The monkeys at the San Diego Zoo eat a variety of fruits and vegetables, special herbivore biscuits, and a variety of leafy branches (mulberry, willow, hibiscus, and ficus) to munch on.
Communication is important when you’re a social primate! Vervet monkeys have many ways to communicate with members of their group through sounds and body language. The vervet monkey's eyelids are lighter in color than the rest of their face, so they will raise and lower their eyebrows and flash their eyelids as a cautionary threat to others. They also vocalize loudly, making calls that sound like cries and barks to communicate an array of information. Alarm calls are specific to threats on the ground or in the trees.
One of the other ways that vervet monkeys communicate with each other is by grooming. They will sit down and pick through each other’s hair, looking for any bugs or stray pieces of dirt. This strengthens the bond between individuals, with everyone trying to groom the most dominant member of the group.
Families of vervet monkeys are always growing. Females give birth once a year in November or December, immediately before the rainy season. Typically only one baby is born to each mother; twin vervet monkeys are uncommon. When babies are born, they are covered in black hair and have pink faces. They appear very different from the adults. It is thought that this helps the troop identify the youngsters so everyone can easily look after them. As the babies grow, they start getting their adult coloration. At four months old, their color has usually completely changed to resemble that of their parents.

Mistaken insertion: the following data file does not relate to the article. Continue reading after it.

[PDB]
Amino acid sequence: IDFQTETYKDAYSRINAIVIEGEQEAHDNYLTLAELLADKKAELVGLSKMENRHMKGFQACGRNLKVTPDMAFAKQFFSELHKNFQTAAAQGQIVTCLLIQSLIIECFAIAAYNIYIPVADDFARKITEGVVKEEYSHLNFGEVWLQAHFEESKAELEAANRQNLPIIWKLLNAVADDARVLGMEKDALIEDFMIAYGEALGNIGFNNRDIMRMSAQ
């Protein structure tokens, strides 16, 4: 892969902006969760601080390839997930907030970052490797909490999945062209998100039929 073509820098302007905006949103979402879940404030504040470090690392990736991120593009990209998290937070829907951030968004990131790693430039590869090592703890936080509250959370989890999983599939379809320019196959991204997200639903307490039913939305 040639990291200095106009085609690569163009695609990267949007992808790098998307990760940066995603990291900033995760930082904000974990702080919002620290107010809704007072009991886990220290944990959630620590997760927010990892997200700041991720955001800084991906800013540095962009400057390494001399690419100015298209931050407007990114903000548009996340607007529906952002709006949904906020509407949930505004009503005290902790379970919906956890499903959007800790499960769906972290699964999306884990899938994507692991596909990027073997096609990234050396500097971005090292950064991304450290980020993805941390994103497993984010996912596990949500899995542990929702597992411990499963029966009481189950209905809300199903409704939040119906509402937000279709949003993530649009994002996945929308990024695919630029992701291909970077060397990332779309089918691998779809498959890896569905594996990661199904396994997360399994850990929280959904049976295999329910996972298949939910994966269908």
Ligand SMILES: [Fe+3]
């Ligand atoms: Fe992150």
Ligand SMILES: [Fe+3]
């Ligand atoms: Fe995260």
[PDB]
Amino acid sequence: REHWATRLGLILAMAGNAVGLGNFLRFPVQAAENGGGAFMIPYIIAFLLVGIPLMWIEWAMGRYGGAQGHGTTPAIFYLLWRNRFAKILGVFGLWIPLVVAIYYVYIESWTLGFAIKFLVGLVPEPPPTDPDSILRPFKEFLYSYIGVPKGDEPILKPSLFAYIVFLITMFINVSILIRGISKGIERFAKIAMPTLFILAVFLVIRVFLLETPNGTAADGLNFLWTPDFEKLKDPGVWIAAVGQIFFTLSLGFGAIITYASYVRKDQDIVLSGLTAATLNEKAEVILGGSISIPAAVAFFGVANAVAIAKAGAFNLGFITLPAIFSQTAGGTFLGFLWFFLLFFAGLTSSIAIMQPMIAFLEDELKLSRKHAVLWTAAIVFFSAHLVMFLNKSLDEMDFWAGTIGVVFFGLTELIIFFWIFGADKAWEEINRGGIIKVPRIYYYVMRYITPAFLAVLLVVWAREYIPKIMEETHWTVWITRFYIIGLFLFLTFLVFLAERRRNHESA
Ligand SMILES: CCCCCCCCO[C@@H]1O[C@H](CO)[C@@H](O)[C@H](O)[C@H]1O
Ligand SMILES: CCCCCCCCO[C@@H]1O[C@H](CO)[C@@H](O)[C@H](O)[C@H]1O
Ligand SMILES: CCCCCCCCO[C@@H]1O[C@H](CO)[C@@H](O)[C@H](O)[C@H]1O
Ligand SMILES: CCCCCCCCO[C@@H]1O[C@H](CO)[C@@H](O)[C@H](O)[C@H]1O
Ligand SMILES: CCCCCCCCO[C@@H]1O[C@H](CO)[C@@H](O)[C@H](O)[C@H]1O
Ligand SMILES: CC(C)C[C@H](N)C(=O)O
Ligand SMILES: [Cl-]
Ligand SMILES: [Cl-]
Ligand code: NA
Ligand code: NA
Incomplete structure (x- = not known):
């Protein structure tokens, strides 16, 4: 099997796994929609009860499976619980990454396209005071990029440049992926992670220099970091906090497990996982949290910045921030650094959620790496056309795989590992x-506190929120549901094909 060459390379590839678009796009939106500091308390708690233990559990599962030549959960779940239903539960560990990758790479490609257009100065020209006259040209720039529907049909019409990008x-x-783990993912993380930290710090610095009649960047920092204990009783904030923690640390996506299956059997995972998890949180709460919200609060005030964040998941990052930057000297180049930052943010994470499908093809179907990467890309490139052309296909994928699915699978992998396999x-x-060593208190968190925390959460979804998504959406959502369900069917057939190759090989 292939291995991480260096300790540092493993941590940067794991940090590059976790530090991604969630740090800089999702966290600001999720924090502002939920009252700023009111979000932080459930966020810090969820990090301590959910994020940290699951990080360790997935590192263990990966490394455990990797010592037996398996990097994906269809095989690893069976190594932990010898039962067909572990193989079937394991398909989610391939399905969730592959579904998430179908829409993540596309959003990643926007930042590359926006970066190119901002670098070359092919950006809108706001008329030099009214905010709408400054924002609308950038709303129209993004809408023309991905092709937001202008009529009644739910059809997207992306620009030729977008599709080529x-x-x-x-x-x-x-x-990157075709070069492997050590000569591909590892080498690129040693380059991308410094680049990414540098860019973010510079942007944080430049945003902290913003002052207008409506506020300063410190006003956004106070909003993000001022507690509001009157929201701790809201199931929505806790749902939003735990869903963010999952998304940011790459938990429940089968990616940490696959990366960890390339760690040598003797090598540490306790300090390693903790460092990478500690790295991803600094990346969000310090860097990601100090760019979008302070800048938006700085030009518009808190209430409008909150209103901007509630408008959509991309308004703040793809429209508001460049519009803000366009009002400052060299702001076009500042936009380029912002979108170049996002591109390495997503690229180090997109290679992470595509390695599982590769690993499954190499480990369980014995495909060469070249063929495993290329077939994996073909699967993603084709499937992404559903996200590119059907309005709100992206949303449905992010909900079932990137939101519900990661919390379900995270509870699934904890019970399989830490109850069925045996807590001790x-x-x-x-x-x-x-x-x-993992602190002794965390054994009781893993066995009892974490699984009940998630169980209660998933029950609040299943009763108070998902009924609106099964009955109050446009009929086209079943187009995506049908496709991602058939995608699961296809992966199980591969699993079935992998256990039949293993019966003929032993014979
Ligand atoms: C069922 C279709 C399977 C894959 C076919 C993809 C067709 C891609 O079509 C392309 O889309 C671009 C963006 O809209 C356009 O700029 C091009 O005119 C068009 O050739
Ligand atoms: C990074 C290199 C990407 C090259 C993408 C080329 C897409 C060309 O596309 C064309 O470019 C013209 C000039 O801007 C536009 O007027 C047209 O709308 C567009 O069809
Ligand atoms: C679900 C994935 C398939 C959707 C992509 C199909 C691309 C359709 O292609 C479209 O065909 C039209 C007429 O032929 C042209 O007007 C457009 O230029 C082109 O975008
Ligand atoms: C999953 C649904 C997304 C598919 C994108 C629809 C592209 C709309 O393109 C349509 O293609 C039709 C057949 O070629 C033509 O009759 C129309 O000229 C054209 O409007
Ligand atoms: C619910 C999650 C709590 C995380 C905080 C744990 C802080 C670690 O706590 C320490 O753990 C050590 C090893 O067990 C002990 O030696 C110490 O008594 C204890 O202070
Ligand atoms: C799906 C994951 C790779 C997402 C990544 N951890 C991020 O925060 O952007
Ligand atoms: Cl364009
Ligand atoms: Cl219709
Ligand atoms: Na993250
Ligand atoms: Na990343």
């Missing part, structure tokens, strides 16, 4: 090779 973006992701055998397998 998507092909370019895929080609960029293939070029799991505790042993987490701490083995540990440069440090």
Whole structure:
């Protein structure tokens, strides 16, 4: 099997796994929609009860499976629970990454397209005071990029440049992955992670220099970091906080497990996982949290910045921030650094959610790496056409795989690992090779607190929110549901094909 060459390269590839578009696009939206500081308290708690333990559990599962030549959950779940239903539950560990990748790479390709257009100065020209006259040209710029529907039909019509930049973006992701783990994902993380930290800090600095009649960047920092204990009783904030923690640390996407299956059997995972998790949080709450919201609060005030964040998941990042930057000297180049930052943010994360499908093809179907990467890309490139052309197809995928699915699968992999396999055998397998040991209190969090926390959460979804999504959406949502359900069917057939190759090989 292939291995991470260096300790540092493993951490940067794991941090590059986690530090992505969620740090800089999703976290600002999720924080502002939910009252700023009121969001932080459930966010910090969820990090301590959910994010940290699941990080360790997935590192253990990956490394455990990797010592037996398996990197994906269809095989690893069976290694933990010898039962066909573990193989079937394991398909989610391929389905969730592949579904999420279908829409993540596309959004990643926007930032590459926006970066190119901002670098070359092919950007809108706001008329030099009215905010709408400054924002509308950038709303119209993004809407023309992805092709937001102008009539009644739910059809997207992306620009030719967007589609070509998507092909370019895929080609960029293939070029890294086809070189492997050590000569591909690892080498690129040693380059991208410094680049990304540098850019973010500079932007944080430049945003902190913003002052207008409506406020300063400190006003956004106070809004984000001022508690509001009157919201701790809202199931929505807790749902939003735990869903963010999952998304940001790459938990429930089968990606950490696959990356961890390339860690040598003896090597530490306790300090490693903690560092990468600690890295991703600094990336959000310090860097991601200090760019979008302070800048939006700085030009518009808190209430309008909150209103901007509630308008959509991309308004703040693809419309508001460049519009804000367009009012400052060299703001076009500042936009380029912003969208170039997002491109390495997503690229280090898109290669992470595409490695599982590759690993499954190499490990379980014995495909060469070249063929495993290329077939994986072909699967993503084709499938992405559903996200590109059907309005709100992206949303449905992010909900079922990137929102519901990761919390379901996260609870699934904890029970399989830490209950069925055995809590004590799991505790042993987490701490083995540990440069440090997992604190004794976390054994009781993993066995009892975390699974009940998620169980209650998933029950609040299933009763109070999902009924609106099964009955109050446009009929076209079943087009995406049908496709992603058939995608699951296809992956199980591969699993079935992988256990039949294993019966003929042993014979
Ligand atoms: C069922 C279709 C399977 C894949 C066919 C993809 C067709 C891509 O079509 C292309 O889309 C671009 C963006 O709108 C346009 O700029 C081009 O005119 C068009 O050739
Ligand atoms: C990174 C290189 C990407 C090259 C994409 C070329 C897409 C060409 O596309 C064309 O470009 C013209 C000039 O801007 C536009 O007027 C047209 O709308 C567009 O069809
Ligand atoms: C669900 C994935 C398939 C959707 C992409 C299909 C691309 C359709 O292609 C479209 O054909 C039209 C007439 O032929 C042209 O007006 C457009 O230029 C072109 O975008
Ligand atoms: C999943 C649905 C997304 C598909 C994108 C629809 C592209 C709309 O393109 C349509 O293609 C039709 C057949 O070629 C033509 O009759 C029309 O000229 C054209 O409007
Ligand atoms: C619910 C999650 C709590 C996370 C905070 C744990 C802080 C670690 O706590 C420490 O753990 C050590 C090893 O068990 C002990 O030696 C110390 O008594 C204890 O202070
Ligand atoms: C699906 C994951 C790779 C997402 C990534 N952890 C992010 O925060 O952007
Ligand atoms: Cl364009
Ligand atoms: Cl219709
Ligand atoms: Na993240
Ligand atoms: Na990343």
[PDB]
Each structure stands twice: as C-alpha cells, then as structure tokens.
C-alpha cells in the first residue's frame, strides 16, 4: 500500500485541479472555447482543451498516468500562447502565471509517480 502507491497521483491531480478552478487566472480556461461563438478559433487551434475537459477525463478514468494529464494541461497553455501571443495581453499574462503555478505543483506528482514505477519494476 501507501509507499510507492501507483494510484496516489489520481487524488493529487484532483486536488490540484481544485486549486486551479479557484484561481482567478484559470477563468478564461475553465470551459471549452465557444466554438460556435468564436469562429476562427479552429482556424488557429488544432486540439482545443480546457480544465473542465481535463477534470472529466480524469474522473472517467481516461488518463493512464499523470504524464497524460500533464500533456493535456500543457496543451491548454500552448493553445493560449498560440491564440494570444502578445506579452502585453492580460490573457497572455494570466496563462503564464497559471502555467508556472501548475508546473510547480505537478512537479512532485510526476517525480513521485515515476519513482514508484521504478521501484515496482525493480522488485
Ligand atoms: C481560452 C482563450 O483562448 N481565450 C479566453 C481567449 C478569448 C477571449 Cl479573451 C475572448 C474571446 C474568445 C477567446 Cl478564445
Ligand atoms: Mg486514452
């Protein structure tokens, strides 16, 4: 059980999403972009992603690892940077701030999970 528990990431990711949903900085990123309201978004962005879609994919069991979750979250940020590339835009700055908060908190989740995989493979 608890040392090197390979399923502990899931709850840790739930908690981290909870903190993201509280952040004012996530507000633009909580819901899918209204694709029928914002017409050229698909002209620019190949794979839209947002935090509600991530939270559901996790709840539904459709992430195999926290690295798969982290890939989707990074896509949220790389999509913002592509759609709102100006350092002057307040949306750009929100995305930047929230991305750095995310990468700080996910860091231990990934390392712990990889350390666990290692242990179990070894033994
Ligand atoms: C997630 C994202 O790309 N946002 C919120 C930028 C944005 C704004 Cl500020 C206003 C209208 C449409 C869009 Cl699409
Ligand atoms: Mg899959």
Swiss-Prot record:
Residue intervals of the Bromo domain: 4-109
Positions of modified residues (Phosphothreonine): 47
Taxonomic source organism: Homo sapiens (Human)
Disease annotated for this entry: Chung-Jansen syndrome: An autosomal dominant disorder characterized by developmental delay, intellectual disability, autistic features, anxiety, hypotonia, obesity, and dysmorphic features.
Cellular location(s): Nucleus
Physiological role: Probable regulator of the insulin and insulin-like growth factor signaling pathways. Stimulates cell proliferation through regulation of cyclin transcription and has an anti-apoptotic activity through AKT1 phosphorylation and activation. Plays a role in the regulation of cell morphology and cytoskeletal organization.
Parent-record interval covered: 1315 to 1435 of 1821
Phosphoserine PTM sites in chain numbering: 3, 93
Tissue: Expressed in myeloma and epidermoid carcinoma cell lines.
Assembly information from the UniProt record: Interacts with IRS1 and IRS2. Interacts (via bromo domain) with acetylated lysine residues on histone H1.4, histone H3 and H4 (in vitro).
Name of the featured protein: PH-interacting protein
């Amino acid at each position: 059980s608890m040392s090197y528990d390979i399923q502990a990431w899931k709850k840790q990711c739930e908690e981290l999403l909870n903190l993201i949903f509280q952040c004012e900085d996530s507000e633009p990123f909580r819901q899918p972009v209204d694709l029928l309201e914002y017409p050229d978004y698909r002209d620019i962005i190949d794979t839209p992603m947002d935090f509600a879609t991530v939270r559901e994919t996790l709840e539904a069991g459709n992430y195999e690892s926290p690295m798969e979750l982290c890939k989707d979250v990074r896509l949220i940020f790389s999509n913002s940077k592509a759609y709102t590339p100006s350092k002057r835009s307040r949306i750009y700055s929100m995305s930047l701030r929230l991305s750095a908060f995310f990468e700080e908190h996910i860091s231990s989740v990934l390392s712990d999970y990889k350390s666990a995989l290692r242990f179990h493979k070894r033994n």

Just like other mammals, vervet mothers nurse their young with milk. The infants spend most of the early weeks clinging to their mother’s stomach, nursing and bonding. Once they are a little older, the babies will start venturing away from mom to play and try solid food, but they still rely on their mother’s milk for the majority of their nutrition. At around eight or nine months of age, babies are weaned and switch solely to foraging with the adults.
Troops of vervet monkeys typically consist of a large group of females and a few males. Females reach maturity around 2.5 to 4 years of age, and stay with their mothers and family troop for their entire lives. Males reach maturity at about five years of age, and at that time will migrate out of their original group and find a new troop to join. The males are dominant in each group, so it is important for them to find new troops where they will one day have their own family.
Currently, vervet monkeys are found in some protected reserves in Africa, and their numbers are doing well. However, humans are beginning to pose a greater threat to this primate. Vervet monkeys are adept at finding farmland and raiding crops. This causes some people to see the primates as pests and to take action against them. Vervet monkeys are also hunted for their meat, which is known as bushmeat. Unfortunately, these beautiful monkeys are also trapped and sold as pets. People need to remember that monkeys are wildlife and do not make good pets! They are loud, messy, difficult to care for, and can be aggressive. Monkeys can also become very sick from not getting the right food, and they lead short, unhappy lives from not living in the right conditions.
San Diego Zoo Wildlife Alliance collaborates with conservation partners on several projects in Africa that benefit vervet monkeys, and other endangered monkeys, too. We run three permanently staffed conservation fieldwork stations in the Ebo forest, a future national park in the heartland of biodiverse Cameroon, Africa. Many monkeys have been poorly studied, and scientists are only gradually uncovering their social, dietary, and behavioral habits. In Cameroon, hunting to supply the commercial trade in bushmeat destined for big Africa cities is one of the major threats to monkeys. Our conservation fieldwork stations are providing a safe haven for many of these primates simply because the presence of others in the forest deters hunters, and our efforts to collaborate with nearby communities helps engage people who live close to wildlife with conservation.
By supporting San Diego Zoo Wildlife Alliance, you are our ally in saving and protecting wildlife worldwide.